Fed funds

FX Daily: Bond bears give new energy to the dollar

A very soft 30-year Treasury auction and hawkish comments by Powell triggered a rebound in US yields and the dollar yesterday. Dynamics in the rates market will remain key while awaiting market-moving US data. In the UK, growth numbers in line with expectations, while in Norway, inflation surprised to the upside.

USD: Auction and Powell trigger dollar rebound

The dollar chased the spike in US yields yesterday following a big tailing in the 30-year Treasury auction and hawkish comments by Fed Chair Jerome Powell. Speaking at the IMF conference, Powell warned against reading too much into the softer inflation figures and cautioned that the inflation battle remains long, with another hike still possible. If we look at the Fed Funds future curve, it is clear that markets remain highly doubtful another hike will be delivered at all, but Powell’s remarks probably represent the culmination of a pushback against the recent dovish repric

Rates Spark: Easing Inflation, Firm Labour Market, and Market Expectations

Rates Spark: Easing Inflation, Firm Labour Market, and Market Expectations

ING Economics ING Economics 14.07.2023 08:57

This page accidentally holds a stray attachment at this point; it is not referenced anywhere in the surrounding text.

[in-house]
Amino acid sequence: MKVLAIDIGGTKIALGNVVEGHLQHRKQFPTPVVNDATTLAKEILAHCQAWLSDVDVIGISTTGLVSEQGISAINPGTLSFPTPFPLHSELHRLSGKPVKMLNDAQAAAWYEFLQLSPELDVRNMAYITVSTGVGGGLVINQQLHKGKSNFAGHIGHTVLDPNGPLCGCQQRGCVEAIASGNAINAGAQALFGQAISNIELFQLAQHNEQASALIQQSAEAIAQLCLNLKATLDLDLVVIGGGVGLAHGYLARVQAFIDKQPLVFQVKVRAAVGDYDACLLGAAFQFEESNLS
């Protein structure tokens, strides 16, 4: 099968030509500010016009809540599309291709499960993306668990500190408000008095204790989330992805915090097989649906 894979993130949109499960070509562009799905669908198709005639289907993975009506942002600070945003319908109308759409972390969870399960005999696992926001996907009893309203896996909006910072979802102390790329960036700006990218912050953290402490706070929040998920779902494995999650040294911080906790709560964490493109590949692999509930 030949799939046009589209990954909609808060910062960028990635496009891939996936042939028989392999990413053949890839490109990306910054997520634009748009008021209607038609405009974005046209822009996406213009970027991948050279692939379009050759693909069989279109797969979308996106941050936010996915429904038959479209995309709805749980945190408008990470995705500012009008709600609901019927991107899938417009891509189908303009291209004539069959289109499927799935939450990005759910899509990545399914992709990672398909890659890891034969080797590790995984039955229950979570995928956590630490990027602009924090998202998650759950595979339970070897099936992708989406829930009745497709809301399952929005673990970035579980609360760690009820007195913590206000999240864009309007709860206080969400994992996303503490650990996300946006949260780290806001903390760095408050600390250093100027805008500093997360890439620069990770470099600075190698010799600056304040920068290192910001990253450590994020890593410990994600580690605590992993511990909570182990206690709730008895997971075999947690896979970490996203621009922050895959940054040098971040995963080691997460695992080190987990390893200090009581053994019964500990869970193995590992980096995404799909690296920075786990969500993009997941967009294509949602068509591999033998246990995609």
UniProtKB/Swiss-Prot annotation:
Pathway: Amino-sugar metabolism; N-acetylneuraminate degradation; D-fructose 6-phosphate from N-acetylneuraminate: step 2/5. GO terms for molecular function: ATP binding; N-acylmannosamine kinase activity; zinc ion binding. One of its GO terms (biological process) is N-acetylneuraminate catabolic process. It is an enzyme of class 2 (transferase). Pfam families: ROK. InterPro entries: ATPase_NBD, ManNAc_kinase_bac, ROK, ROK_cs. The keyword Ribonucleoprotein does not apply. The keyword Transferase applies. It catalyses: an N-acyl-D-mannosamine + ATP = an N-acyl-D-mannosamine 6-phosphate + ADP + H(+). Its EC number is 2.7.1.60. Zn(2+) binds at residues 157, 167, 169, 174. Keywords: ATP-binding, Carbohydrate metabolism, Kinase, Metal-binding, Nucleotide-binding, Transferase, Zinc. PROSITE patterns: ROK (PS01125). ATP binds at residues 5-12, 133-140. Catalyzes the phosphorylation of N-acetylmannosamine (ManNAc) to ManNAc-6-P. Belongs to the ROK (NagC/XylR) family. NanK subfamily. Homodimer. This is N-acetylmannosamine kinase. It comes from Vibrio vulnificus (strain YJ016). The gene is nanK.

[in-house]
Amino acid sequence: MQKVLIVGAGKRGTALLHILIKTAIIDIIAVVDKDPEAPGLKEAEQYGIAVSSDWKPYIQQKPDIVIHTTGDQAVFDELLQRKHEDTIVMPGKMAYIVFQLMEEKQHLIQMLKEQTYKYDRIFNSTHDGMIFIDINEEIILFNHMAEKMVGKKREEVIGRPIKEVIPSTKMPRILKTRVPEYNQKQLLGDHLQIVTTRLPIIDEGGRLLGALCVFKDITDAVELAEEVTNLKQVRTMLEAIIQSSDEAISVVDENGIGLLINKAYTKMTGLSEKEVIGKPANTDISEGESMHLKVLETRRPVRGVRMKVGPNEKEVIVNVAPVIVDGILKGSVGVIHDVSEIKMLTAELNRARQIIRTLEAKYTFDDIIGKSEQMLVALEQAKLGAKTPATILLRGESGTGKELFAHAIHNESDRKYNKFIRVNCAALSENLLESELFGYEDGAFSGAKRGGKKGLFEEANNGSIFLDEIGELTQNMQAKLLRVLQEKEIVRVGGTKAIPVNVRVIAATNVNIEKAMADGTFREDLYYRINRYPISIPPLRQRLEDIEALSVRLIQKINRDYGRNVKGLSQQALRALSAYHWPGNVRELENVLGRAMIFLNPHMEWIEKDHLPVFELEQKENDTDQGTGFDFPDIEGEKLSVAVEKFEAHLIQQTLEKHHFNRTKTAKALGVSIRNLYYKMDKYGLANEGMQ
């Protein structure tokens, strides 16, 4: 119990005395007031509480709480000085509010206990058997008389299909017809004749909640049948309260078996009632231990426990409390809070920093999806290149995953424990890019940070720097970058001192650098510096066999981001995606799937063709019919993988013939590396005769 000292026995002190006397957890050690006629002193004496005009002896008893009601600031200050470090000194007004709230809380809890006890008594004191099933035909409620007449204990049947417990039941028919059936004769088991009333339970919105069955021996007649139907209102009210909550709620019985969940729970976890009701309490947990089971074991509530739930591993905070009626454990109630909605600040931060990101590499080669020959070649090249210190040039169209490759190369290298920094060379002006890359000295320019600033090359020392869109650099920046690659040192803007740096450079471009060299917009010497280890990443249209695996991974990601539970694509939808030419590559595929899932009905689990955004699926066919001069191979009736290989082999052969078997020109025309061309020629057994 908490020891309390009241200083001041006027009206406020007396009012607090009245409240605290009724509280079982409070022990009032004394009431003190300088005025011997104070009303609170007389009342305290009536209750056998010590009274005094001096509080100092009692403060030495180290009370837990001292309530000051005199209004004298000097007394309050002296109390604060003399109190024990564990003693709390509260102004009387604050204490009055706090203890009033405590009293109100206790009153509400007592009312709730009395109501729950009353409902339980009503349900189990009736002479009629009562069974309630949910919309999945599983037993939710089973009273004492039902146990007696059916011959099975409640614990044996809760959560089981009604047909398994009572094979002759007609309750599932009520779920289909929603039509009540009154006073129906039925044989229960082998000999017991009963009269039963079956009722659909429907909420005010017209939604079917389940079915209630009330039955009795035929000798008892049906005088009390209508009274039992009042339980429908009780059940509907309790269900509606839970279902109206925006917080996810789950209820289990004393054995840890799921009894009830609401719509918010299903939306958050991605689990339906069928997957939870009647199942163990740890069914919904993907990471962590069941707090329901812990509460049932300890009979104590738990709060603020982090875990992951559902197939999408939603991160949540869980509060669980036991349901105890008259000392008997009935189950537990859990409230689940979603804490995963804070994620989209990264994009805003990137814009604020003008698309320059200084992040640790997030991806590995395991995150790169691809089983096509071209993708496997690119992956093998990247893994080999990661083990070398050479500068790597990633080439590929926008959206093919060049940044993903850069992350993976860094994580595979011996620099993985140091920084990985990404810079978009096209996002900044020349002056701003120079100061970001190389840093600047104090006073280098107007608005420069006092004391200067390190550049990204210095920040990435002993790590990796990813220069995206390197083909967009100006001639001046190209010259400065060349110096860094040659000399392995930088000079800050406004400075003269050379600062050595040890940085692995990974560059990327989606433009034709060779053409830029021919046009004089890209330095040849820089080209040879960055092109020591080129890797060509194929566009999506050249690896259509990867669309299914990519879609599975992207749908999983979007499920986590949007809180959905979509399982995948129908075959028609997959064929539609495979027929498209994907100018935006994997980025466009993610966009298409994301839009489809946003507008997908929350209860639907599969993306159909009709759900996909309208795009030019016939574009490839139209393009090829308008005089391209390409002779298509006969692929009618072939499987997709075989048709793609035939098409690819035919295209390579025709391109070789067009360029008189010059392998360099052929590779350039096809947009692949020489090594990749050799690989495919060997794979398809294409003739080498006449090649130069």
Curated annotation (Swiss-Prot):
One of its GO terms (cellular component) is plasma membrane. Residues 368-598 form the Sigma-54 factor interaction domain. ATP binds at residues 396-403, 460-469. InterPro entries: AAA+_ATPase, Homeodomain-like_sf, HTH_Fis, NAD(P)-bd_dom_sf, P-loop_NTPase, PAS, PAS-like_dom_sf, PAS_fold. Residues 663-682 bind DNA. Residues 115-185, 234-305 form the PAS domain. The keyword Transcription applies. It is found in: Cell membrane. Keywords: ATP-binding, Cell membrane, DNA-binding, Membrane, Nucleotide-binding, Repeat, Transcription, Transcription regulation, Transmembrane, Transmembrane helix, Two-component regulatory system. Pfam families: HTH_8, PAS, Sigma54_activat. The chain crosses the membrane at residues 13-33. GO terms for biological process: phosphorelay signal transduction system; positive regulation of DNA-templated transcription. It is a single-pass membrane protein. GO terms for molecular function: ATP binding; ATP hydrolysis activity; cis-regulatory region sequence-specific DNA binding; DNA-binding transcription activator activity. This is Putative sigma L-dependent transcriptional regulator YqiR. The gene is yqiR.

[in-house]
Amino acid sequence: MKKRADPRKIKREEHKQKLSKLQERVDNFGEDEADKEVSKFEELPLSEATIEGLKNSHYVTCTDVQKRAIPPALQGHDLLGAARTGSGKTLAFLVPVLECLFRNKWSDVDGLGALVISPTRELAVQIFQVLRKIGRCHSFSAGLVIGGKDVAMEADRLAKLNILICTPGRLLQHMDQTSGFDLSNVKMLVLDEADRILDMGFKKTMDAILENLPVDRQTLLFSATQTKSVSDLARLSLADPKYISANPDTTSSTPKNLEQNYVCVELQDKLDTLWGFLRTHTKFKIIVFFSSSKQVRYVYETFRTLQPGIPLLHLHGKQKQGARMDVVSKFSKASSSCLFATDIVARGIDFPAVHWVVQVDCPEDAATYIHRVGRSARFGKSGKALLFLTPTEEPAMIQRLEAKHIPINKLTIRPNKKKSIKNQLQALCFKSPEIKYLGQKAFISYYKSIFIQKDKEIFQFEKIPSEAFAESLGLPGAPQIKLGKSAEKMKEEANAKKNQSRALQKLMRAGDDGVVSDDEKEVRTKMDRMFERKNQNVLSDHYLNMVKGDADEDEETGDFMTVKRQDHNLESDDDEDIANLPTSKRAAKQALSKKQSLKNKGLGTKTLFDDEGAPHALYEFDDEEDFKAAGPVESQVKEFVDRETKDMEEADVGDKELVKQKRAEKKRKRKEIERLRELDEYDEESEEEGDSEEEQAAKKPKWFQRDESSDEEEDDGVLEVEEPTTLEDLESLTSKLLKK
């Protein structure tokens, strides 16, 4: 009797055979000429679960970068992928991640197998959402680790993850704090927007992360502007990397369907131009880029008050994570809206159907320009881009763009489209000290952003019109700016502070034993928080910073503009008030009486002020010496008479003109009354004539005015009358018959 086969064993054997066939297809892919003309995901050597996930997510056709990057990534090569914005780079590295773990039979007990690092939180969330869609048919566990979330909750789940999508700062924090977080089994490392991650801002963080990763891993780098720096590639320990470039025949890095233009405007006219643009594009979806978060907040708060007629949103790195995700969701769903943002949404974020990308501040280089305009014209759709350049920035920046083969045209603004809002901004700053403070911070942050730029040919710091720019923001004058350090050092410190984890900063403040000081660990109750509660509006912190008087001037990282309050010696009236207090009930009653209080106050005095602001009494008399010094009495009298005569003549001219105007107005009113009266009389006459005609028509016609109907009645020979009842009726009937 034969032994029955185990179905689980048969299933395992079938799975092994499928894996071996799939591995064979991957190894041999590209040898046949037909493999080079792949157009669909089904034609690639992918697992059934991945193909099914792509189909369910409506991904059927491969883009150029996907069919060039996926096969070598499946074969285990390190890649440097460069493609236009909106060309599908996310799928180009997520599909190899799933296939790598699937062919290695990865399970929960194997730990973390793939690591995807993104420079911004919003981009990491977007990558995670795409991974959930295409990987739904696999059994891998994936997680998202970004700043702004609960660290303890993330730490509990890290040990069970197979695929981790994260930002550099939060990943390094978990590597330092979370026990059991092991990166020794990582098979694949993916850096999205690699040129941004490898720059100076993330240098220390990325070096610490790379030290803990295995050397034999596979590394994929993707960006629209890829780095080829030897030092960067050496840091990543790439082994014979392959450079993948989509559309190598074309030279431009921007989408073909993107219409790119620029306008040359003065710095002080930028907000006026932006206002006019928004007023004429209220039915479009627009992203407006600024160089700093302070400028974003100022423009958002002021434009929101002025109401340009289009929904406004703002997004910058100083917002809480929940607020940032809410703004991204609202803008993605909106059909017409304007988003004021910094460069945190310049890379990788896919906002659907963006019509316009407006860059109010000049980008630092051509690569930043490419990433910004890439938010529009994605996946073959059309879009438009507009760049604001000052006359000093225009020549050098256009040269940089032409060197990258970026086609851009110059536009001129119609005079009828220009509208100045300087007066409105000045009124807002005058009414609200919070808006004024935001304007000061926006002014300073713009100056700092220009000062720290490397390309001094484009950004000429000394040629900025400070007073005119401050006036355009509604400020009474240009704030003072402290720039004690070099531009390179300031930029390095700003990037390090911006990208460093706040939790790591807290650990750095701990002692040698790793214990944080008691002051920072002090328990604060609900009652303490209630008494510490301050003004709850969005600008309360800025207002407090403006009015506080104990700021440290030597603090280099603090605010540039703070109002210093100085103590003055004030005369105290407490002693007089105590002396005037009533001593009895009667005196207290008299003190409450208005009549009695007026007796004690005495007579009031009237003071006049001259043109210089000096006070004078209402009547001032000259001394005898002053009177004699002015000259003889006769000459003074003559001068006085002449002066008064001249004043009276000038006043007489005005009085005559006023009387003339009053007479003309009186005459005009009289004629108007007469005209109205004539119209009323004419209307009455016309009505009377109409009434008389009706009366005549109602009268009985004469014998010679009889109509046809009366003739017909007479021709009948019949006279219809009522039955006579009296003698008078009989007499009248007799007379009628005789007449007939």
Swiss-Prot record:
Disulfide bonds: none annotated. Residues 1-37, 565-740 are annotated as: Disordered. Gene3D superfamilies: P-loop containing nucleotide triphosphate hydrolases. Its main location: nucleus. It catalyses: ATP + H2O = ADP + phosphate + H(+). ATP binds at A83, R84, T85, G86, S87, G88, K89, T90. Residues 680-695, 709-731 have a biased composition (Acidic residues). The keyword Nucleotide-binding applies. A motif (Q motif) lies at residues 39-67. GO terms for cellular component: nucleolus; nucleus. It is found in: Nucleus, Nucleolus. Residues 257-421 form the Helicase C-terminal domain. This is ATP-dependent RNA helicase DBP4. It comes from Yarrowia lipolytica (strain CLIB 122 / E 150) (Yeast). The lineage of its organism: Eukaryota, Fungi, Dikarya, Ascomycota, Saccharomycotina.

Rates Spark: Don’t get carried away Easing US inflation remains the key theme of the week, and we'll see more of that today as trade price data remains negative. This theme is currently dominating the direction for rates – but economic resilience is also having an impact, upping the market discount for how low the funds rate can get. That in turn limits how far the 10yr yield can fall.   Falling inflation helping to bring rates down, but a firm labour market limits how far they can fall June data continues to produce some remarkable outcomes. Most of the activity readings have been good, while inflation readings have been subdued. Following on the heels of a taming in consumer price inflation, yesterday's producer price inflation report had more good news. For June, PPI was running at a very subdued 0.1% on the month and at around a tame 2.5% year-on-year. Market rates are really latching on to the deceleration in the inflation theme, especially with data coming in better than expected. With respect to activity data, the latest jobless claims fell to 237k, showing the labour market still holding up quite well. It's been clear in the past few days that the market has been more willing to believe in the lower inflation risk coming from realised falls in key readings than the higher inflation risk coming from the tightness of the labour market. Yesterday's 30yr bond auction tailed, just as the 10yr did, indicative of poor reception. But tailing into falling yields is no disgrace. In fact, there has been decent underlying demand. At the same time, note that the market has also priced in a much higher terminal rate for Fed funds when you look out a few years. That’s in the sub-4% area, but not that far below the 4% mark. If you take this, and then look at the 10yr yield at 3.8%, there is no glaring value in the latter. We think that’s a reason not to get too carried away with the downside for the yields story – at least not just yet, anyway. We’ve clearly moved back below 4%, but breaking down to prior lows at sub-3.5% is not entirely probable. The firm labour market data is acting to keep rate cut cycle terminal rates relatively high. That’s the important counter to the falling yields narrative coming from realised falls in inflation.   Fed pricing has shifted significantly lower with the CPI release   Calmer waters in the week ahead, with some exceptions Tomorrow, the Fed will enter into its blackout period ahead of the July meeting. In US data the highlights are retail sales and industrial production, which can shed more light on the resilience of the economy. At least for industrial data, the ISM manufacturing survey does not bode well. We will also see a slate of housing-related data. The greater focus is likely to be on European Central Bank (ECB) communication with one more week to go before the blackout period. Yesterday’s ECB minutes of the June meeting underscored the bank’s determination to extend the hiking cycle beyond its upcoming meeting. At the same time, there are signs that the discussion about how much more is actually needed was already picking up. Yesterday saw Governor of the Bank of Greece’s Yannis Stournaras even put a small question mark behind the July hike pointing to weaker data, but the September hike should not be taken as a given in his view. Relevant for Sterling rates will be next week’s UK CPI figures, which could be pivotal for the size of the next interest rate hike. For now, the Bank of England is still seen more likely than not to hike by 50bp in August, although terminal rate pricing which had seen rate expectations go up to 6.5% in the wake of the wage data has now eased back towards 6%.   Today's events and market view The 10Y US Treasury yield has now come off more than 30bp from its recent peak, which takes it well into to the trading range that held until late June. We'll also see US import prices and the University of Michigan consumer sentiment survey, which could feed the narrative of easing inflation, although we don't see these releases adding any kind of new spin to the narrative.  The only data to note for today in the eurozone is the trade balance for May.